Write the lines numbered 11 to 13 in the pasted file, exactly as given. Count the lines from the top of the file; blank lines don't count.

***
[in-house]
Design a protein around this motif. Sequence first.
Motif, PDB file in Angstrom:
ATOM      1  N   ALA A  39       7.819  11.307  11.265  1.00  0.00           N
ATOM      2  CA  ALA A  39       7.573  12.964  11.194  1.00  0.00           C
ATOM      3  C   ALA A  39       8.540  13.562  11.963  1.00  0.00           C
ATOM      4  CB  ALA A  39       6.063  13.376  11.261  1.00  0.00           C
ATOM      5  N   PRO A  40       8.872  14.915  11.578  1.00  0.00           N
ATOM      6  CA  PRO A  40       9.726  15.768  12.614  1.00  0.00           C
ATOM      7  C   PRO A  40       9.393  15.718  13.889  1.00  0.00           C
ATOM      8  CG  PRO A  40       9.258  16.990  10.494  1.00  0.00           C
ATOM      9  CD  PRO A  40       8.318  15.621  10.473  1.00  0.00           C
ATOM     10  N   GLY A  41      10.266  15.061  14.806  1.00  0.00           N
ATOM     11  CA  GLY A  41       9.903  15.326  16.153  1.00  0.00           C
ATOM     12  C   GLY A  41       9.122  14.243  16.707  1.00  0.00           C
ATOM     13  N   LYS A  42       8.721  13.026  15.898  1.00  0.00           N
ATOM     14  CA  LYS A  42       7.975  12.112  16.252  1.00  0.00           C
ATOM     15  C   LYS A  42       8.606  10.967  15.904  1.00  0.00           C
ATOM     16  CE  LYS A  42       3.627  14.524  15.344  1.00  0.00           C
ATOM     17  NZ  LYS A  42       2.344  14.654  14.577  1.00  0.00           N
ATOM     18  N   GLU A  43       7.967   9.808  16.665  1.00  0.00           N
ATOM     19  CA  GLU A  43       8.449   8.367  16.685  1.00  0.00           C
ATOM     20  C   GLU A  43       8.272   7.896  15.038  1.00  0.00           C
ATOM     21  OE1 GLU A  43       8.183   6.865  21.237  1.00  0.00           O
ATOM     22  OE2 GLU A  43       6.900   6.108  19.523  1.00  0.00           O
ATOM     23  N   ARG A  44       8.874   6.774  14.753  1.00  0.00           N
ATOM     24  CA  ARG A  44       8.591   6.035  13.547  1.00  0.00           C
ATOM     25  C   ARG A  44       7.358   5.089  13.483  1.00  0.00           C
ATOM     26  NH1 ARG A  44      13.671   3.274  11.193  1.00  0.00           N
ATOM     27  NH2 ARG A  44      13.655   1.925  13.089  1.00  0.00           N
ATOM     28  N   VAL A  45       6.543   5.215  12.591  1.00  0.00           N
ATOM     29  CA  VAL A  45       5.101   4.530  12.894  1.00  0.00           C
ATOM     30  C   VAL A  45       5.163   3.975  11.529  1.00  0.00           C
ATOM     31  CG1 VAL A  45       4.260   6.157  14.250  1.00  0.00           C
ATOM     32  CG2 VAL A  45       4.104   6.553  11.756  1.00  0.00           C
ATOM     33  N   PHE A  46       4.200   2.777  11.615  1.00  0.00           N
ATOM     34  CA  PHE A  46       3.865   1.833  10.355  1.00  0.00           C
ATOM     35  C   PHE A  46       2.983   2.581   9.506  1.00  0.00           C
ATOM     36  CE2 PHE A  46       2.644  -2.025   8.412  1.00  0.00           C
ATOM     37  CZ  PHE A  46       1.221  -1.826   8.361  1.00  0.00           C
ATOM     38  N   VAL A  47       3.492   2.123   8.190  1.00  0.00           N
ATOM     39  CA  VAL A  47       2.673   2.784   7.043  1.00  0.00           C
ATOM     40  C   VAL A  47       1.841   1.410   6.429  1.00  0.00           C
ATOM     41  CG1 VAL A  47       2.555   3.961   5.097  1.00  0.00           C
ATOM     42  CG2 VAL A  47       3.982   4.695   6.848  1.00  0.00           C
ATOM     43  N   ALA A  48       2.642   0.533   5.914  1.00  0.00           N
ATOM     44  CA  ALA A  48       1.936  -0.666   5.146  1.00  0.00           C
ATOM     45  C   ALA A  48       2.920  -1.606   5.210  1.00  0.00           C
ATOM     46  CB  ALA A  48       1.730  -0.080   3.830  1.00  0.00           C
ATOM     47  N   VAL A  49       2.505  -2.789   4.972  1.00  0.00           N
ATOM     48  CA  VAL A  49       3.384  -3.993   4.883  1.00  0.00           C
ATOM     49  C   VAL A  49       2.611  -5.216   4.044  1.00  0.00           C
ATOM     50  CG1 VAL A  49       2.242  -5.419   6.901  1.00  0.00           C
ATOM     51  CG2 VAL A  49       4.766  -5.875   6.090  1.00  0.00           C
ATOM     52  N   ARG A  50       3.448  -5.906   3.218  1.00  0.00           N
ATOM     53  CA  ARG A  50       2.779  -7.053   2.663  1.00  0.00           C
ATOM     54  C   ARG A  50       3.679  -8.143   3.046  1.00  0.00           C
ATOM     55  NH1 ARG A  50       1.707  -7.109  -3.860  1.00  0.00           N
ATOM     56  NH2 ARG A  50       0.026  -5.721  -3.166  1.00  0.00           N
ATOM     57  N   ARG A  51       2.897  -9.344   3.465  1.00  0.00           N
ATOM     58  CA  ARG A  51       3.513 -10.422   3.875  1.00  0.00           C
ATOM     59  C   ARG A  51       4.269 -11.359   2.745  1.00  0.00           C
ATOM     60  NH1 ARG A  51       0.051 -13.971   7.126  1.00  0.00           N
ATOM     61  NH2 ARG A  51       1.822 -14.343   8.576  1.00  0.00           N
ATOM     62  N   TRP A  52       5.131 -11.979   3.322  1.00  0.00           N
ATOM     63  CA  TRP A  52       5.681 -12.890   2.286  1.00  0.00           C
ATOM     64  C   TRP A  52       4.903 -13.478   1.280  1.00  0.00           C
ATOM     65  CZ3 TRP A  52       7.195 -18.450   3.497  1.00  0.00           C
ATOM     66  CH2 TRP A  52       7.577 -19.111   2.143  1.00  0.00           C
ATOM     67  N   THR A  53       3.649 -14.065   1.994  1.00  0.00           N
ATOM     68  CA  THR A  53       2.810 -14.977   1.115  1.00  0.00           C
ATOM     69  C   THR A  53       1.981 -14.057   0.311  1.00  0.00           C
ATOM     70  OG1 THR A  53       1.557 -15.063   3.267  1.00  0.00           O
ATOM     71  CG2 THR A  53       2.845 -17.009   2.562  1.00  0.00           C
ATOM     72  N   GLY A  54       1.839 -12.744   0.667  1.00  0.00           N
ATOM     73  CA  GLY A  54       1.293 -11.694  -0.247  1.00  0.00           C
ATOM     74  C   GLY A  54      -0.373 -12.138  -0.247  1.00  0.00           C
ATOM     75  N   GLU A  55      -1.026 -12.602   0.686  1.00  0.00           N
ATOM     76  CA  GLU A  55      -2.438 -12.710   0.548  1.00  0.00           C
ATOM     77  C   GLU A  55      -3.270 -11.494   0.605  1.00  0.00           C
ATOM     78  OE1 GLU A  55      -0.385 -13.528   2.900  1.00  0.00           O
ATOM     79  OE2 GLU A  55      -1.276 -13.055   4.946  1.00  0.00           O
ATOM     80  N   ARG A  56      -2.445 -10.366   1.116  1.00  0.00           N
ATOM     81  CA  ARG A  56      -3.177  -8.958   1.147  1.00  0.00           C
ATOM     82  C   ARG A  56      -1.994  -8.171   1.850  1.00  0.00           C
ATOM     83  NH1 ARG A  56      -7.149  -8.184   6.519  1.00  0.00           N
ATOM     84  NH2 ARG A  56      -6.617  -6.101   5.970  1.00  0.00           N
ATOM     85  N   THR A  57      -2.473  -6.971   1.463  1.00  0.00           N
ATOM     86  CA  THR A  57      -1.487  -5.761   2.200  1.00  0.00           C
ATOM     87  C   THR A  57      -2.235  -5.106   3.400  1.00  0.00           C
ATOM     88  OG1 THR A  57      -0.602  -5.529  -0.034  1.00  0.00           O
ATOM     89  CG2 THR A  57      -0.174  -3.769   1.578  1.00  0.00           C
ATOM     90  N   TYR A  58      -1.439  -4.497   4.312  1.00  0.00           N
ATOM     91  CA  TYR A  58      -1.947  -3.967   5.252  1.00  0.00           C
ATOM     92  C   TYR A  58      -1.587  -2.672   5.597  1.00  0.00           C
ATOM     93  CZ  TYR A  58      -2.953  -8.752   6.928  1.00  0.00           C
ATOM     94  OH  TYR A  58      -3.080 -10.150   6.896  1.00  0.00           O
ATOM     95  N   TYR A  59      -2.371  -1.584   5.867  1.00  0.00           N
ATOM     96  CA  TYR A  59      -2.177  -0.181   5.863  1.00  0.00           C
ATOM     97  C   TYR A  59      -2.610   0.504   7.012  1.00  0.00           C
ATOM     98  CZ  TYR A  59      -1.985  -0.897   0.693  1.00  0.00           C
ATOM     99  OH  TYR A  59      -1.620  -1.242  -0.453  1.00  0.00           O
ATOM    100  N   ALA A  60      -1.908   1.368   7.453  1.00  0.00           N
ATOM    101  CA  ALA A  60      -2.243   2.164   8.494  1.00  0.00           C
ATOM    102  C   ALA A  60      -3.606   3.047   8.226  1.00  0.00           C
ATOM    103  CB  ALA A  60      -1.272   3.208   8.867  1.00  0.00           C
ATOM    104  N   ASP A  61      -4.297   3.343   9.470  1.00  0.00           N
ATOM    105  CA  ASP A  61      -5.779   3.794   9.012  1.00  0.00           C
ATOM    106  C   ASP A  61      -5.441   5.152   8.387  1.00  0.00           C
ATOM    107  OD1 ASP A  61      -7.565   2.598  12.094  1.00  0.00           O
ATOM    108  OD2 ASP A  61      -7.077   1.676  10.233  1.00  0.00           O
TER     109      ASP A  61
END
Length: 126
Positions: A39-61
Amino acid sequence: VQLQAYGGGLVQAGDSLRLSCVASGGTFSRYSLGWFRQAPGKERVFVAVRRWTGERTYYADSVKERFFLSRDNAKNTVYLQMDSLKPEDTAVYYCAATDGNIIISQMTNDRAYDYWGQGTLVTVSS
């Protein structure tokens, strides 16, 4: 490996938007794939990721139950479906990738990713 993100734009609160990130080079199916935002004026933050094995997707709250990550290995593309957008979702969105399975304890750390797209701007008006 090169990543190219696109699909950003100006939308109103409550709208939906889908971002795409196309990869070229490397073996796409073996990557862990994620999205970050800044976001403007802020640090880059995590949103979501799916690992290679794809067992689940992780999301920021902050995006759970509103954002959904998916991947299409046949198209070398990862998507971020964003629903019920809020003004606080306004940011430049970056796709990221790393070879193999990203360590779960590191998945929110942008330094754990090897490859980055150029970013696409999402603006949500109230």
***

ATOM      8  CG  PRO A  40       9.258  16.990  10.494  1.00  0.00           C
ATOM      9  CD  PRO A  40       8.318  15.621  10.473  1.00  0.00           C
ATOM     10  N   GLY A  41      10.266  15.061  14.806  1.00  0.00           N